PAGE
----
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Jeremy Laurance: Let down by the reality of swine flu

We have to explain that science deals in probabilities, not certainties

Forgive me if this sounds callous, but I am finding it hard to conceal my disappointment about swine flu. For years I have been writing about the "next flu pandemic" and its potential to cause catastrophe, on the basis of what virologists told me.

I went to Hong Kong in 2003 to report on the outbreak of Severe Acute Respiratory Syndrome – better known as SARS – because I thought that might be it. I followed the spread of avian influenza from the Far East across Europe to Britain in 2006 with, yes, eager anticipation. And when swine flu broke out in Mexico last April and the first flu pandemic in 40 years was declared, I sounded the alarm as loudly as anyone.

I didn't expect it to end with a whimper instead of a bang. But that is how it is looking now – for this year at least. New infections have plateaued for the last two weeks at levels only just above the baseline for seasonal flu. The official reason given is the "half-term effect": children off school slow the spread of the virus. But swine flu may well now be on a downward trend. Flu outbreaks happen in waves of up to 16 weeks, and more usually 10 weeks. We are already in week 10 of the current wave.

Of course, it is still early days. Even if we are over the worst for this year, the virus may mutate and come back in a third wave (the first happened in the summer) later this winter or next. But suppose it does not. What then? How will Sir Liam Donaldson, the Government's chief medical officer, and the virologists that advise him explain the enormous resources – £1bn plus – that have been devoted to fighting what will have turned out to be a not very great threat?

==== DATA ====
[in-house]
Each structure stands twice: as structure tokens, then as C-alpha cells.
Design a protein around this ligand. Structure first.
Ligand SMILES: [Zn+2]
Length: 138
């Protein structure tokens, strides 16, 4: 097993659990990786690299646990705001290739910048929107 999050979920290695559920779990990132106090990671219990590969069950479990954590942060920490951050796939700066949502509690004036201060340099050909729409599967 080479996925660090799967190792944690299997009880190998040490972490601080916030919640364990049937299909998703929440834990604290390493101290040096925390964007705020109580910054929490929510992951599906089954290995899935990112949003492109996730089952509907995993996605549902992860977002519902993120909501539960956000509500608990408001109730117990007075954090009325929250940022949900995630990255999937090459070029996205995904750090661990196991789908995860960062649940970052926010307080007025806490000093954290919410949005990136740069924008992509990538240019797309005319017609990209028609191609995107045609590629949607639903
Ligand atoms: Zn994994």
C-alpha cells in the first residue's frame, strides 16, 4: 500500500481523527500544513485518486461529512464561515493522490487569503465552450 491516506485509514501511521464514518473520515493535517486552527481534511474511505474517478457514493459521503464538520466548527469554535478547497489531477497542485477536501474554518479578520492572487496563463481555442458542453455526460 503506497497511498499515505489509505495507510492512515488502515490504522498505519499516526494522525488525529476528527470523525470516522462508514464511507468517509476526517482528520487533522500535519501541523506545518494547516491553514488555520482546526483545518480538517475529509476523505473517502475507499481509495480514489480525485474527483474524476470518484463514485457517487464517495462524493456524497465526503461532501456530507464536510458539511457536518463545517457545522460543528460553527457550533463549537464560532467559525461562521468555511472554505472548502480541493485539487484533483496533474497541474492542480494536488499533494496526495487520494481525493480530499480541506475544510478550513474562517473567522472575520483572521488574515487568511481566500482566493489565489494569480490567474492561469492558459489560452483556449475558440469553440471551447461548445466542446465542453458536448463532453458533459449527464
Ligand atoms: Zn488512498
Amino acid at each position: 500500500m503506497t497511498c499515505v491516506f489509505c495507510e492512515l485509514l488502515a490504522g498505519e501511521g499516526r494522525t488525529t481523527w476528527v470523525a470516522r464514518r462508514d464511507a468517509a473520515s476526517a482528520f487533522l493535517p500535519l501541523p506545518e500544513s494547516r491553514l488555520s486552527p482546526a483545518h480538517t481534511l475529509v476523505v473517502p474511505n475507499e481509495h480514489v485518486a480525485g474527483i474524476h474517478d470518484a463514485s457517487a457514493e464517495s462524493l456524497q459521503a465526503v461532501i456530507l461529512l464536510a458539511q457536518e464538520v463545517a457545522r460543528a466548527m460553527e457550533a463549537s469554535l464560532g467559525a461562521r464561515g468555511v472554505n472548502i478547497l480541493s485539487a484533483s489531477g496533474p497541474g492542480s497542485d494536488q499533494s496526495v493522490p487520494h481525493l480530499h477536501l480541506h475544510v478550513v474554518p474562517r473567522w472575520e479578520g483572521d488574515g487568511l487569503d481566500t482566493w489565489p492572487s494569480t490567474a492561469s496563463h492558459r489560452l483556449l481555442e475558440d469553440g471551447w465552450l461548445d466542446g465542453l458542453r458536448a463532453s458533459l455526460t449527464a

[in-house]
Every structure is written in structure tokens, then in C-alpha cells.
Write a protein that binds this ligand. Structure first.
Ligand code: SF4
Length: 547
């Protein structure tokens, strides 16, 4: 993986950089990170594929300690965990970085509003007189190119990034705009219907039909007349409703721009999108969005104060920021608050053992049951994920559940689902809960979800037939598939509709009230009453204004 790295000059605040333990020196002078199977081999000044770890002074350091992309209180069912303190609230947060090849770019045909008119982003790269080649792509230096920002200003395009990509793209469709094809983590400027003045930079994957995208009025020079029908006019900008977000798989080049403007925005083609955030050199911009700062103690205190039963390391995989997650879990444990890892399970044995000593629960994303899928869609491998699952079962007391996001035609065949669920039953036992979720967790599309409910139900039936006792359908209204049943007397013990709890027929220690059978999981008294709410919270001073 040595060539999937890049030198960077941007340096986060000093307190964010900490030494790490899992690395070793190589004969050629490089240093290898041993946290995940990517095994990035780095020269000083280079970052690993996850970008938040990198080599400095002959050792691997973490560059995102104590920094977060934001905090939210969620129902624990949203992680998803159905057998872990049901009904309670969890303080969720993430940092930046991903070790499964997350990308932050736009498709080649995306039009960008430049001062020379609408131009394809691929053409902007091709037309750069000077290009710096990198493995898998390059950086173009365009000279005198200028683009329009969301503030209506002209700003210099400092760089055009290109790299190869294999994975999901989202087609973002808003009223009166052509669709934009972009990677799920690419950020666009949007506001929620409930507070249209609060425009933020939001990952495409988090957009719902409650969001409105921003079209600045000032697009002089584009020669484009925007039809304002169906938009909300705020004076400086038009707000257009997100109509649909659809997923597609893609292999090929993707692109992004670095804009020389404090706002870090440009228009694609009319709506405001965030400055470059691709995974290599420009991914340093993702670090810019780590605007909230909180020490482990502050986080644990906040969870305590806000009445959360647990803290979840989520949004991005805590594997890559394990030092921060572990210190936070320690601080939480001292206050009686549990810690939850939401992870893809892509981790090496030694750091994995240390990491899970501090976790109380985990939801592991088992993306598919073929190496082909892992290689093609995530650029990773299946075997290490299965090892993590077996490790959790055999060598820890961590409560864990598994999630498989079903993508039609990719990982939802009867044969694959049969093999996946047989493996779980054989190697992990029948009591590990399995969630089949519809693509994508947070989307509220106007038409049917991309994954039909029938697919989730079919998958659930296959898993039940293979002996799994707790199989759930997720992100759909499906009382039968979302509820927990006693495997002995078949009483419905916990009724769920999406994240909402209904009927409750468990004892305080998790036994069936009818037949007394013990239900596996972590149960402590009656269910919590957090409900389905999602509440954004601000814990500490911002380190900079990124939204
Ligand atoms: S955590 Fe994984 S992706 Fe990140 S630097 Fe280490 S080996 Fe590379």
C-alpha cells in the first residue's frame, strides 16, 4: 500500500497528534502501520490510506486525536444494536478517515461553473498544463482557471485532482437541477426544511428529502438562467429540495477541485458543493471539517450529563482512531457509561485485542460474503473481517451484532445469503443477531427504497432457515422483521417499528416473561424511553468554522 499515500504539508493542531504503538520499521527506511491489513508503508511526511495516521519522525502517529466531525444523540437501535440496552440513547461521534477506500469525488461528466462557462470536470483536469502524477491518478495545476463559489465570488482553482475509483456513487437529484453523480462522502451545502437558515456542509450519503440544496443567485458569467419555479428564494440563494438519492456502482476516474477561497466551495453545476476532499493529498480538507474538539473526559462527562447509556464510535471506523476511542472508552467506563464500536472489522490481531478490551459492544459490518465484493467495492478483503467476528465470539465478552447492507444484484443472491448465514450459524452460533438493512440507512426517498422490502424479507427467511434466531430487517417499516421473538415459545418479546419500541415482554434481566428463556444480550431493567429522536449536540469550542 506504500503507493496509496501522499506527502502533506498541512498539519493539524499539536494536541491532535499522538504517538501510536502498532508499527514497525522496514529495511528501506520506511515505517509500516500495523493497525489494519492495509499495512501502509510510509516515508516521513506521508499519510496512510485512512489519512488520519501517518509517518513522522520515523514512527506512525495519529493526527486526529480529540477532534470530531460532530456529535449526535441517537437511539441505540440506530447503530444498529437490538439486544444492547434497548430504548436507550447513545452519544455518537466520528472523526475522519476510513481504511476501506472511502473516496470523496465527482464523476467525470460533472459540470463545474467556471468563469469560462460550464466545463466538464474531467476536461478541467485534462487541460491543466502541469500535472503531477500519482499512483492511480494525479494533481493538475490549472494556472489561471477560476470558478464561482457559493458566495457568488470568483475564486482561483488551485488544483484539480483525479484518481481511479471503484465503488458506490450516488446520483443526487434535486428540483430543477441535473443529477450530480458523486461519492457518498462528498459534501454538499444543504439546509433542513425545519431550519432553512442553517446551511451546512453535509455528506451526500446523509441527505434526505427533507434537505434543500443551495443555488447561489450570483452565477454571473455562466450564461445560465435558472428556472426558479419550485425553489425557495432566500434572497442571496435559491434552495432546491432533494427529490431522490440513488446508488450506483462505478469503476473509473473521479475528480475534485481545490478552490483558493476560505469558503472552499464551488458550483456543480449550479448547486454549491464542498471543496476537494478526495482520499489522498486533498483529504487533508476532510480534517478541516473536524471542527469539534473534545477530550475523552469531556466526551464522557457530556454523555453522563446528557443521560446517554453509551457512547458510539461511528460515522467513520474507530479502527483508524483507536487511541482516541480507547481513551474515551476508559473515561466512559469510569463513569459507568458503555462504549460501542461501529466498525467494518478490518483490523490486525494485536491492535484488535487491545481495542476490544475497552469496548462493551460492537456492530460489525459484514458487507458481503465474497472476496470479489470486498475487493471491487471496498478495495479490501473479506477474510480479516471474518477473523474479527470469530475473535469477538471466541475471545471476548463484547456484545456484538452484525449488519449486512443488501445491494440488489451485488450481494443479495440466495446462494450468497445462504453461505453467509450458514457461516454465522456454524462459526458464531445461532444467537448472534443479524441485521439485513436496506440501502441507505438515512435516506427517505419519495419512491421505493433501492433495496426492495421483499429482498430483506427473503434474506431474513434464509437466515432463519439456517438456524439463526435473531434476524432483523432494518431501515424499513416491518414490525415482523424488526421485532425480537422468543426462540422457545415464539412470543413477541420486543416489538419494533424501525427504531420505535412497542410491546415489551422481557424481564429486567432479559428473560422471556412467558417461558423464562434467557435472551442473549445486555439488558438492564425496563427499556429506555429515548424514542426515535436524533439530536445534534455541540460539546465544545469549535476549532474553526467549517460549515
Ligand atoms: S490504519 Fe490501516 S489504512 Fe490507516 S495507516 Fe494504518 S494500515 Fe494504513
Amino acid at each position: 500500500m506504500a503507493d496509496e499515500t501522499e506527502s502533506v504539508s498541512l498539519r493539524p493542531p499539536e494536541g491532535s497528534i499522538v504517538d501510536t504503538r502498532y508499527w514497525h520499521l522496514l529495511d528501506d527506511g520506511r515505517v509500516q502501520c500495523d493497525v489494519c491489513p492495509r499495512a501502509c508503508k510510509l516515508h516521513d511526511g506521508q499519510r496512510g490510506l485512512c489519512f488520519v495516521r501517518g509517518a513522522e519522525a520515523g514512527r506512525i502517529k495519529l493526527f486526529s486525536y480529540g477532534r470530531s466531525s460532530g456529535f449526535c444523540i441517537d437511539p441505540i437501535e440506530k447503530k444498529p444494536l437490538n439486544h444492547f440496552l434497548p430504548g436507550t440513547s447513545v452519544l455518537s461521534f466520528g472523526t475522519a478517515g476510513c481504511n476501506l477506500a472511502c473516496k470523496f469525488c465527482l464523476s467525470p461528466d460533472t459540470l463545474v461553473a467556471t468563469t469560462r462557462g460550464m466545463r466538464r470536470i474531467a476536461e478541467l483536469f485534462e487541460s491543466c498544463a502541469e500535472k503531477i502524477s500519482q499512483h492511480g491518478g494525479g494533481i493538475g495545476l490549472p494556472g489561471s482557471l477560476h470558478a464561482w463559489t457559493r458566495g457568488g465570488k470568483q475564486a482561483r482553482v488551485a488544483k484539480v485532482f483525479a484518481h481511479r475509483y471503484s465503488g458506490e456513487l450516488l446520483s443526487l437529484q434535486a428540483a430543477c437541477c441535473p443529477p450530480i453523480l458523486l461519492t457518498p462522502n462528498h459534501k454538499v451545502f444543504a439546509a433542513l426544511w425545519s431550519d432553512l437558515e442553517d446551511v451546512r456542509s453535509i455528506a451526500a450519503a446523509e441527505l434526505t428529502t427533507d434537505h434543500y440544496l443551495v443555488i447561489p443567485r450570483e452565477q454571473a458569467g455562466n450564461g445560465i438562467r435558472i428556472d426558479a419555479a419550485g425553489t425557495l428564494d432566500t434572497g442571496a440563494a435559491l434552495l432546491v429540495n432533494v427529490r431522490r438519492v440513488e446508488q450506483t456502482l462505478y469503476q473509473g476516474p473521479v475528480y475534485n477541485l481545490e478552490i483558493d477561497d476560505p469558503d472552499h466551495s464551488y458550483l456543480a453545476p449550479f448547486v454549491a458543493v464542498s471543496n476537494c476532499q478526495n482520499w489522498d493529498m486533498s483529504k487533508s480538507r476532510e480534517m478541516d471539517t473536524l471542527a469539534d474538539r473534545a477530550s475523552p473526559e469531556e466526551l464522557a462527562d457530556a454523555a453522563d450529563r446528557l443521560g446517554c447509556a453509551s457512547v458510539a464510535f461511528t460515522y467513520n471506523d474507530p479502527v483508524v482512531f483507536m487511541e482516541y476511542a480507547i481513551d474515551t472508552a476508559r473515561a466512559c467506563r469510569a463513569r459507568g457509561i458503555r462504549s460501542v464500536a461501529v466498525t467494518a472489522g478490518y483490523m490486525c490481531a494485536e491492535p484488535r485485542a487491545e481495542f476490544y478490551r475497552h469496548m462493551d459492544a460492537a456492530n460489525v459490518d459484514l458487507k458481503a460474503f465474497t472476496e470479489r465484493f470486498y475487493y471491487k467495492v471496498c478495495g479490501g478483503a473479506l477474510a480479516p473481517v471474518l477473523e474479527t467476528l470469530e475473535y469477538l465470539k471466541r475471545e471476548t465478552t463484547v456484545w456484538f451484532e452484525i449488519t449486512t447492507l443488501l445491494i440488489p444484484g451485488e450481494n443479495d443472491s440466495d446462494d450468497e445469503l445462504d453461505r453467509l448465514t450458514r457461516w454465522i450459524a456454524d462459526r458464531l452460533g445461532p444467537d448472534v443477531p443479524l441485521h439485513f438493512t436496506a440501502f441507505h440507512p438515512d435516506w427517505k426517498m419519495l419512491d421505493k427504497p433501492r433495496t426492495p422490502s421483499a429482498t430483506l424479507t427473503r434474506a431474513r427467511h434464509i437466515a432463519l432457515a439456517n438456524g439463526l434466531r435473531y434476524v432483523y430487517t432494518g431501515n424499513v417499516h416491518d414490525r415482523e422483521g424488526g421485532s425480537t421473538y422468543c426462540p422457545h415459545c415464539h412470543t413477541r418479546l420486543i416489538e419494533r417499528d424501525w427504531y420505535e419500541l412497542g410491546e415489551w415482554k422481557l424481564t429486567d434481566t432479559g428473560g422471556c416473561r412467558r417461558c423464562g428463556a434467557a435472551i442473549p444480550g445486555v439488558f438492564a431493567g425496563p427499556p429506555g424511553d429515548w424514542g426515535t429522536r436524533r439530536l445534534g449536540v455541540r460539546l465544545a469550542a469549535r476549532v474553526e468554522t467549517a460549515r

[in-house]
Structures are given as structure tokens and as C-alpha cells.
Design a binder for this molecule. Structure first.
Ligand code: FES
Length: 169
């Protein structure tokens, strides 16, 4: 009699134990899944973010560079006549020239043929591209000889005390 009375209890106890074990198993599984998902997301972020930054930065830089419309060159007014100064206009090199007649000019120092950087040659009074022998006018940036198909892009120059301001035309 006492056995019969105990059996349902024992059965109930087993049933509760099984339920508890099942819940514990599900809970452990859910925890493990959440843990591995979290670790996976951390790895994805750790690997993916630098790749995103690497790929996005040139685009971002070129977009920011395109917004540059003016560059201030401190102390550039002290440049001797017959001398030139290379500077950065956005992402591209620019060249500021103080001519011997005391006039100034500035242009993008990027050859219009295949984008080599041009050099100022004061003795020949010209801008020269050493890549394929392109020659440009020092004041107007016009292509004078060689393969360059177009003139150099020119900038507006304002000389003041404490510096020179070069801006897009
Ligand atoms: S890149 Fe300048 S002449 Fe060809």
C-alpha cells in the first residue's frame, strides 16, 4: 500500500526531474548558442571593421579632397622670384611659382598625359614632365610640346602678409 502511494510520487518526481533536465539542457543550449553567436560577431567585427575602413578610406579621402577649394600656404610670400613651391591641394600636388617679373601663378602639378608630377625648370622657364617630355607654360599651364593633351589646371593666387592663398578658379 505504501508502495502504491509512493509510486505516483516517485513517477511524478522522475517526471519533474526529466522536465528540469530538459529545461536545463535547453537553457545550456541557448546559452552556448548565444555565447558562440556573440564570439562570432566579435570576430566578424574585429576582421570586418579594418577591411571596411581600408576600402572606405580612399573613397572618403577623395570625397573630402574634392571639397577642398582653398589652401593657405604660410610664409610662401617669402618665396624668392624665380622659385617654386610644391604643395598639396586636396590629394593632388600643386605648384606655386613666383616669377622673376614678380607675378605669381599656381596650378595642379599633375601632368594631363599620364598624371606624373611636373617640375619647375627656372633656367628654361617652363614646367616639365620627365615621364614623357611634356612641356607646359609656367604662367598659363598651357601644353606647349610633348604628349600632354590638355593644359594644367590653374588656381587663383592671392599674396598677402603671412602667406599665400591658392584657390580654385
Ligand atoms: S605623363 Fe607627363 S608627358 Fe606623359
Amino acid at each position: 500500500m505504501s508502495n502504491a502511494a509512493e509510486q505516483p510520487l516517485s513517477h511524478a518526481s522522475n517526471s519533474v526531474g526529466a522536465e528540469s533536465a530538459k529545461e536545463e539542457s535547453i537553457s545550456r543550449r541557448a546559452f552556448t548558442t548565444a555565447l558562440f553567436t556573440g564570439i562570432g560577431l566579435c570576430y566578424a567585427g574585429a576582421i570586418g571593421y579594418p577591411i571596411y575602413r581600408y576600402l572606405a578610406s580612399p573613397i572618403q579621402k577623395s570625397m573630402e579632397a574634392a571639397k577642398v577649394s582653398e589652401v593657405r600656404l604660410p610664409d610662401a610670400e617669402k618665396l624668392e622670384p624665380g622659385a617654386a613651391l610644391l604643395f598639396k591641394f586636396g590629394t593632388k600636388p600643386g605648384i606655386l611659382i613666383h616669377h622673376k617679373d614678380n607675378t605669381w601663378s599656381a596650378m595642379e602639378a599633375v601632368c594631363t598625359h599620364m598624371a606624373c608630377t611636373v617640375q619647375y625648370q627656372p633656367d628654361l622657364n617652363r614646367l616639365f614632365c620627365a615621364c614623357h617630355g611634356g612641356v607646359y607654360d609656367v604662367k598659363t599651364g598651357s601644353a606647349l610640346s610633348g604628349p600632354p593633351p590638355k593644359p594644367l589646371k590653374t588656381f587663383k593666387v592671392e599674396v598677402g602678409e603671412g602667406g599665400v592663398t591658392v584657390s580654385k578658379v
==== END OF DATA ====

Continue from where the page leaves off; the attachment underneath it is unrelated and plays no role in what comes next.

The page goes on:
Swine flu is very nasty in a few people – especially under-fives, pregnant women and those with chronic illnesses. It has killed perfectly healthy young people. In this respect it is significantly different from seasonal flu which mainly kills the vulnerable elderly. Even so, the Government's worst-case scenario for this year – the worst case – is 1,000 deaths. When I wrote my first story warning of the threat of pandemic flu exactly 20 years ago, in the midst of the 1989-90 seasonal flu epidemic, 35,000 people died in Britain.

I have great sympathy for Sir Liam Donaldson. The one thing we know about flu is its unpredictability. Calling the odds on the extent and severity of a flu pandemic is an impossible task. Yet in speaking to virologists in recent days, I sense a certain defensiveness, a reluctance to accept that, potentially, we may have overdone it on flu.

That should not be surprising. If I feel disappointed – and, ghoulishly, I do – how much more disappointed must be those who have devoted their life's work to pandemic flu? They may feel relief at the lives spared, while grieving for the research grants lost, and for their missed moment in the sun.

If the retreat of swine flu is confirmed this week, I worry what impact it may have on public confidence in science. We were warned to prepare for a modern plague. If it does not arrive, how closely will we heed future warnings? There is surely, then, only one option. To explain that science deals not in certainties but probabilities, that when things do not turn out as we expect we will endeavour to discover why, and to admit – ministers, officials, researchers and those who, like me, report their research – that on this occasion we got it wrong.

Jeremy Laurance is Health Editor of 'The Independent'